Steven Raichlen, America’s “master griller” (Esquire), has completely updated and revised his best-selling encyclopedia of chile-fired rubs, lemony marinades, buttery bastes, pack-a-wallop sauces, plus mops, slathers, sambals, and chutneys. It’s a cornucopia of all the latest flavor trends, drawing from irresistible Thai, Mexican, Indian, Cajun, Jamaican, Italian, and French cuisines, as well as those building blocks from America’s own barbecue belt.
There are more than 200 recipes in all, including a full sampler of dinner recipes using the sauces. And the book now has full-color photographs throughout. It’s the essential companion cookbook for every at-home pitmaster looking to up his or her game.
Maria Rodale was raised on real food. She doesn’t think of eating homemade, from-scratch meals as part of a trend or movement; it has always been her life. Raised in a family of farmers, bakers, chefs, gardeners, and publishers, Rodale is used to growing, cooking, reading and writing about, and eating organic, delicious food. And now, for the first time ever, she’s sharing her tried-and-true family recipes.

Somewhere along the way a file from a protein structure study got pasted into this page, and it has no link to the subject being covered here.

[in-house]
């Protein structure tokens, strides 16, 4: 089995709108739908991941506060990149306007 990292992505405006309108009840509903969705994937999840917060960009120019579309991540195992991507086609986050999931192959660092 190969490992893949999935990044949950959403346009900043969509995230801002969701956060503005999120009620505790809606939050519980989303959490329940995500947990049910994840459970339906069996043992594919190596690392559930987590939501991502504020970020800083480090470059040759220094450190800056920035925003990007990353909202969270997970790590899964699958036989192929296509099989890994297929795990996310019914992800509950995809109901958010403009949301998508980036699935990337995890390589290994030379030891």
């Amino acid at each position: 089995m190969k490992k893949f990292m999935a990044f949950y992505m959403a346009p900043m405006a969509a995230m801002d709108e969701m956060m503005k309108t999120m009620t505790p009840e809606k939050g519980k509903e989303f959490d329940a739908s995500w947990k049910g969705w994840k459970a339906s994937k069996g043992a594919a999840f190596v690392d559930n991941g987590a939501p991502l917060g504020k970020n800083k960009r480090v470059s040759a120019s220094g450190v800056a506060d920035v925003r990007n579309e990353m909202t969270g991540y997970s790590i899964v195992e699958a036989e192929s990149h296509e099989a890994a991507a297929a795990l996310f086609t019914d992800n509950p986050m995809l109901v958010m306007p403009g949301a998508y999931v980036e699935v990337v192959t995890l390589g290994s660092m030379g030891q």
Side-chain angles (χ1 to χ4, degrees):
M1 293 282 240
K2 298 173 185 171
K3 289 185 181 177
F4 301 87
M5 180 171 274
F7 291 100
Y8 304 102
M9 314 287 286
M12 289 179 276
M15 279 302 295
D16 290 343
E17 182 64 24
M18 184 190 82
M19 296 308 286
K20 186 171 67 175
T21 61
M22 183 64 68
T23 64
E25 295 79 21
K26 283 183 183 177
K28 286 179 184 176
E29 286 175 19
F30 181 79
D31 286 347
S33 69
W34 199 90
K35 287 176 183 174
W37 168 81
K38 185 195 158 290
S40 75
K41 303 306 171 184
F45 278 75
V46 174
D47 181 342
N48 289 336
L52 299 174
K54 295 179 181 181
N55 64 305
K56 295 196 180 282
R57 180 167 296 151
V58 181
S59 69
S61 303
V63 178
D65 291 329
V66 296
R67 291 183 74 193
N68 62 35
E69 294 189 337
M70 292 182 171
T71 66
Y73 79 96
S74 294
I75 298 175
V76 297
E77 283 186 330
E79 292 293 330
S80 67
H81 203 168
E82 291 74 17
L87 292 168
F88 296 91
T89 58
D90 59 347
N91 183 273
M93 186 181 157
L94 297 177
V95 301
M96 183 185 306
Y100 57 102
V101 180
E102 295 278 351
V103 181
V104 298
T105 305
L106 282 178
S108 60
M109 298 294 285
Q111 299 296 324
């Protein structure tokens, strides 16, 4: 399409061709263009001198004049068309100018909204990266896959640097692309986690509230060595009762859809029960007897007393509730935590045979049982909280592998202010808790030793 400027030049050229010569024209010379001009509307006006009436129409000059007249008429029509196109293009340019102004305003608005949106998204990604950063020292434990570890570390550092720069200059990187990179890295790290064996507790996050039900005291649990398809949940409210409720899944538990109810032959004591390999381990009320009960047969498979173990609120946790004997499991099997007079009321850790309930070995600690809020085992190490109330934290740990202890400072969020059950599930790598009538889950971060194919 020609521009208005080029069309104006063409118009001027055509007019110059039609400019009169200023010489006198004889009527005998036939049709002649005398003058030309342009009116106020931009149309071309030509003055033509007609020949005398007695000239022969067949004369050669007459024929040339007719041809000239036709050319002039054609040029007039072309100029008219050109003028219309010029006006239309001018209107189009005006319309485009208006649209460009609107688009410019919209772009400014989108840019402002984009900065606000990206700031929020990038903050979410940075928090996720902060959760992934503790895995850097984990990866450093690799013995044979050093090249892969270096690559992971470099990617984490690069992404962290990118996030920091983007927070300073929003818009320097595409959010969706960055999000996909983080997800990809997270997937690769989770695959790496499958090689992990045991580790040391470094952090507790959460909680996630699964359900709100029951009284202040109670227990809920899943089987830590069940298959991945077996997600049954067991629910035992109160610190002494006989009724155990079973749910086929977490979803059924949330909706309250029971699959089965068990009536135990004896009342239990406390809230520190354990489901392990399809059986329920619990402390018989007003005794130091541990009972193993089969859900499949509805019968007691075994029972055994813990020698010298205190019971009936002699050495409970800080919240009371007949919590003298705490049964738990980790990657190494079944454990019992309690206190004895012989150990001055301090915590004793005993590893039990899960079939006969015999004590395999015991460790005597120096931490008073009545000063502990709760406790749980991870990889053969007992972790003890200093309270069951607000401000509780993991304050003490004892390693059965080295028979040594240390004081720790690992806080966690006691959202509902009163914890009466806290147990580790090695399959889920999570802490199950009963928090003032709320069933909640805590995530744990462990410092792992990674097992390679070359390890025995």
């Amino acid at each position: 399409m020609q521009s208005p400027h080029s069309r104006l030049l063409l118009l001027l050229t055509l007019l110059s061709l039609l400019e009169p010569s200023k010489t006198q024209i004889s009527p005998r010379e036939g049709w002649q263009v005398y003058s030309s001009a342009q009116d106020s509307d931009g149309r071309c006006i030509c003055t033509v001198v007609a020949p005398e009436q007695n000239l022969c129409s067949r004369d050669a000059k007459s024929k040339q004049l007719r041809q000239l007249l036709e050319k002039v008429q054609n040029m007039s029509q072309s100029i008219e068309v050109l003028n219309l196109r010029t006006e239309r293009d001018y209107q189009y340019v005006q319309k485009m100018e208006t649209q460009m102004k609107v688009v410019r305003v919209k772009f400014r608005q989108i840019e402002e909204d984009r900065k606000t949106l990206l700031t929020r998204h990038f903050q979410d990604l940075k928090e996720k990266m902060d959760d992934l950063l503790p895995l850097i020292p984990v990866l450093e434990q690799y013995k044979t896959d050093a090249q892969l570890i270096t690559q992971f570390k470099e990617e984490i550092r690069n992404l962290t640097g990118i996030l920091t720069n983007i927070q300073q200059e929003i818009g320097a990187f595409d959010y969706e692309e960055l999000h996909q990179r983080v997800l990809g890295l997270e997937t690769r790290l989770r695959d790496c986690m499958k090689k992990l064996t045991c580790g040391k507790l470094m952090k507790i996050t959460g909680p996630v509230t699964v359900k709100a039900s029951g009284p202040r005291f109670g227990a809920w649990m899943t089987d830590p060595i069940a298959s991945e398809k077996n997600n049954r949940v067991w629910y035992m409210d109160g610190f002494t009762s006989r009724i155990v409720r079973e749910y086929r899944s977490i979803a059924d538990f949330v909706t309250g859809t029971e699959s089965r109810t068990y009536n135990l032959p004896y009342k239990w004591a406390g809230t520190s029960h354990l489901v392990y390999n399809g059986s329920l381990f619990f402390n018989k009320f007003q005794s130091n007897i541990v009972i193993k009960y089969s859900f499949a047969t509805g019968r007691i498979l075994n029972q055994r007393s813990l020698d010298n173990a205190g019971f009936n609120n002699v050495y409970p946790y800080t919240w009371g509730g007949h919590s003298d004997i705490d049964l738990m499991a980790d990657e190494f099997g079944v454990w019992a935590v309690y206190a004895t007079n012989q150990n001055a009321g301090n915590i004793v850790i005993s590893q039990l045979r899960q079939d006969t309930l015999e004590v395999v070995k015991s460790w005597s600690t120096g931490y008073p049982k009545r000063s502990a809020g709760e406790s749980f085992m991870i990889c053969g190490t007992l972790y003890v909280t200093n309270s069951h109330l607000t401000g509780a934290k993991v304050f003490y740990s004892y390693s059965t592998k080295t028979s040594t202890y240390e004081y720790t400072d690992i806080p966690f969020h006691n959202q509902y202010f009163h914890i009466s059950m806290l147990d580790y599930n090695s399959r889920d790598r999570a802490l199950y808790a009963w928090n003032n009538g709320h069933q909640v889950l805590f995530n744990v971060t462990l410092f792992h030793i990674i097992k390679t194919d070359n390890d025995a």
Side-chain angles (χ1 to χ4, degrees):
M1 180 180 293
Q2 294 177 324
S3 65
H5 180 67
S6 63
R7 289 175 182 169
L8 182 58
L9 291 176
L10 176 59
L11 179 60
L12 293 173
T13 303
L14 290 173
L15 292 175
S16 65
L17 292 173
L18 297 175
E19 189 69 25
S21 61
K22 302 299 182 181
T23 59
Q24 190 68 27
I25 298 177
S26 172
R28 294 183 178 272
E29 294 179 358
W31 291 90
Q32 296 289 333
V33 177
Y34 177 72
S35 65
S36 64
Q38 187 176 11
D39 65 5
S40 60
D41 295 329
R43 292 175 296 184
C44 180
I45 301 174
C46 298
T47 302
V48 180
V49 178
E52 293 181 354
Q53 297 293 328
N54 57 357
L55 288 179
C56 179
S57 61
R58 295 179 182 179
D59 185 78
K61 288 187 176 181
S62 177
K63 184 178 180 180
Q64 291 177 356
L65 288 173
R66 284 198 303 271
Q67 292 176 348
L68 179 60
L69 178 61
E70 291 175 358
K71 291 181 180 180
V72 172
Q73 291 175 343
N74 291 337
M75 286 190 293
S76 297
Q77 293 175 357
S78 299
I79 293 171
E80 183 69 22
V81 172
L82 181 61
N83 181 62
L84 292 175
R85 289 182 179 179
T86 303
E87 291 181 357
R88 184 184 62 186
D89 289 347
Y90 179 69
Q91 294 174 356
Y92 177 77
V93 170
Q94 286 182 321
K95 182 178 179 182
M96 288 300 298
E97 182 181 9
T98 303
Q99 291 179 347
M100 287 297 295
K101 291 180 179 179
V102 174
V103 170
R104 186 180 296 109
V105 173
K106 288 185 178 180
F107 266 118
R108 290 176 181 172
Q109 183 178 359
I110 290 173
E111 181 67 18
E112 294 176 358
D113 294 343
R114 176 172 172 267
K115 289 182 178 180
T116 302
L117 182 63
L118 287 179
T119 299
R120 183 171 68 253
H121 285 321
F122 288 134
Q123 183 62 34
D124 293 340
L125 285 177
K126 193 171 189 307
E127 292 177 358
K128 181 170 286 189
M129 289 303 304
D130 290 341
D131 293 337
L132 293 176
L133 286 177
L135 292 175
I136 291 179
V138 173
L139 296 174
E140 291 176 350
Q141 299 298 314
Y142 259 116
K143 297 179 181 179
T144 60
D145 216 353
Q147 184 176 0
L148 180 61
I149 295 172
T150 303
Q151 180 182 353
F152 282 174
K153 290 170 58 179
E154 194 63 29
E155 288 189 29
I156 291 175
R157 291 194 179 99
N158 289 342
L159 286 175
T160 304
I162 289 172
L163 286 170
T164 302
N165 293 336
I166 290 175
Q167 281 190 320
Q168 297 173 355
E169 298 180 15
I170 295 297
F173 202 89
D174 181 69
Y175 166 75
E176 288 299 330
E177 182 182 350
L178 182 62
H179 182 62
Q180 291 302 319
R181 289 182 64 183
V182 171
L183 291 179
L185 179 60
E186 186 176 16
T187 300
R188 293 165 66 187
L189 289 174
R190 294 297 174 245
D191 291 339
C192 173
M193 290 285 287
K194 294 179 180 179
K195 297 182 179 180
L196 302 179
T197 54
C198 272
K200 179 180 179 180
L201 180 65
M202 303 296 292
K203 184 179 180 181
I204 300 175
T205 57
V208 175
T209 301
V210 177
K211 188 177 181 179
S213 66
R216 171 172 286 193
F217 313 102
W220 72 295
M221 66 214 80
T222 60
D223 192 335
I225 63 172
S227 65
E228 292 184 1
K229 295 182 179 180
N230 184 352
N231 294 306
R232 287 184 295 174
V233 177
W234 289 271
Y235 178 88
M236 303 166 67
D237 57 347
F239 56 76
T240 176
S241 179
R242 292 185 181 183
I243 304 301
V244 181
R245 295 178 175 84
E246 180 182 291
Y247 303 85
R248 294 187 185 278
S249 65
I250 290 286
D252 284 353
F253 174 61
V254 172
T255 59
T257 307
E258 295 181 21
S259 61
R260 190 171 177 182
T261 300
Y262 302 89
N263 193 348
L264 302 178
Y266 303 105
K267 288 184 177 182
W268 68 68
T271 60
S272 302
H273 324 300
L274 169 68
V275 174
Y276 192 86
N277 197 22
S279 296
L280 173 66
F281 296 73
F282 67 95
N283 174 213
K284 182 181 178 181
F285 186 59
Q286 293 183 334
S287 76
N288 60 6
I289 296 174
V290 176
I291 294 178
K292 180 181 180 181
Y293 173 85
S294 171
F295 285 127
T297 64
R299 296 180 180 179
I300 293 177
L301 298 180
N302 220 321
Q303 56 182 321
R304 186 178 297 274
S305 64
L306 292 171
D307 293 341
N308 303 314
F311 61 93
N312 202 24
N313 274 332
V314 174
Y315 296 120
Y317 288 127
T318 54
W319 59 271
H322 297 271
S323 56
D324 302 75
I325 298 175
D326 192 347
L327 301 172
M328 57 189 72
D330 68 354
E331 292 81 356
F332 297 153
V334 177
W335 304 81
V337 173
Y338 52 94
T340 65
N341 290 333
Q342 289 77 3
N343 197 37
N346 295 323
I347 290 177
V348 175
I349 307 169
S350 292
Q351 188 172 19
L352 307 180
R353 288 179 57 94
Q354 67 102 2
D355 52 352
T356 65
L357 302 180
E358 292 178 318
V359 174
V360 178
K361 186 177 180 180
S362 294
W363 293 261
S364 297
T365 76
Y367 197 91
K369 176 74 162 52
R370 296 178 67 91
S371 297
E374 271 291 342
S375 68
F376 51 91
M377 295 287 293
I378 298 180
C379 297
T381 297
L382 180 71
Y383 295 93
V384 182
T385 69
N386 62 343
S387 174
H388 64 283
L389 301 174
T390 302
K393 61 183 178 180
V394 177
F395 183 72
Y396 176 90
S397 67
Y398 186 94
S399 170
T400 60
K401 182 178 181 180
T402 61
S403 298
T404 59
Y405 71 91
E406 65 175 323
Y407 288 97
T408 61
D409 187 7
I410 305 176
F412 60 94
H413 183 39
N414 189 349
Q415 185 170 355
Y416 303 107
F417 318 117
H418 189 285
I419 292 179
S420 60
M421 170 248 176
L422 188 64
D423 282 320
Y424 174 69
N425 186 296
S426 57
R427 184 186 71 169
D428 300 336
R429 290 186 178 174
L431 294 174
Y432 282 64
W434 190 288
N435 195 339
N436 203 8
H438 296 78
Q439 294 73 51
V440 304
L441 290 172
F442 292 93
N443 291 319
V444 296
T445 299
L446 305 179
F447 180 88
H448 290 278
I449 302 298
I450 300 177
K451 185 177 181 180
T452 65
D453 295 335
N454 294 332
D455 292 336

Scratch is full of comfort food recipes that aren’t focused on any one healthy trend, but are instead innately healthy, because Rodale inspires you to return to your kitchen and cook with real, organic food. Recipes like Pasta Fagiole, Maria’s Fried Chicken, and Lamb & Barley Soup will be crowd pleasers for sure, but Rodale throws in some unique-to-the-family recipes that are going to delight as well, such as her Pennsylvania Dutch Dandelion Salad with Bacon Dressing, Ardie’s Pasties, and Homemade Hoppin’ John (a black-eyed pea stew made with smoked turkey or ham).
Besides sharing her family’s favorite recipes, Rodale’s book also gives you a peek into her life as a Rodale, with personal family portraits and stories. With this cookbook, you can eat like the Rodale family every night of the week with delicious food to make at home, from scratch. It’s naturally healthy, bacon included.
Home canning is a great, easy way to have year-long access to your own delicious, nutrient-packed produce and preserves. It relies on the simple yet effective technique of storing produce in an airtight, sterile container.
This mason-style jar is a contemporary take on a classic. The design was streamlined for better ergonomics; the look, updated to a more modern style. And when it came to functionality and durability, no compromises were made: This jar is just as sturdy and versatile as the original.
The interior of all Mortier Pilon crocks and jars is 100 percent glass. The white parts on the outside of the crocks and jars are made of non-reactive, BPA-free plastic, and do not come into contact with the food.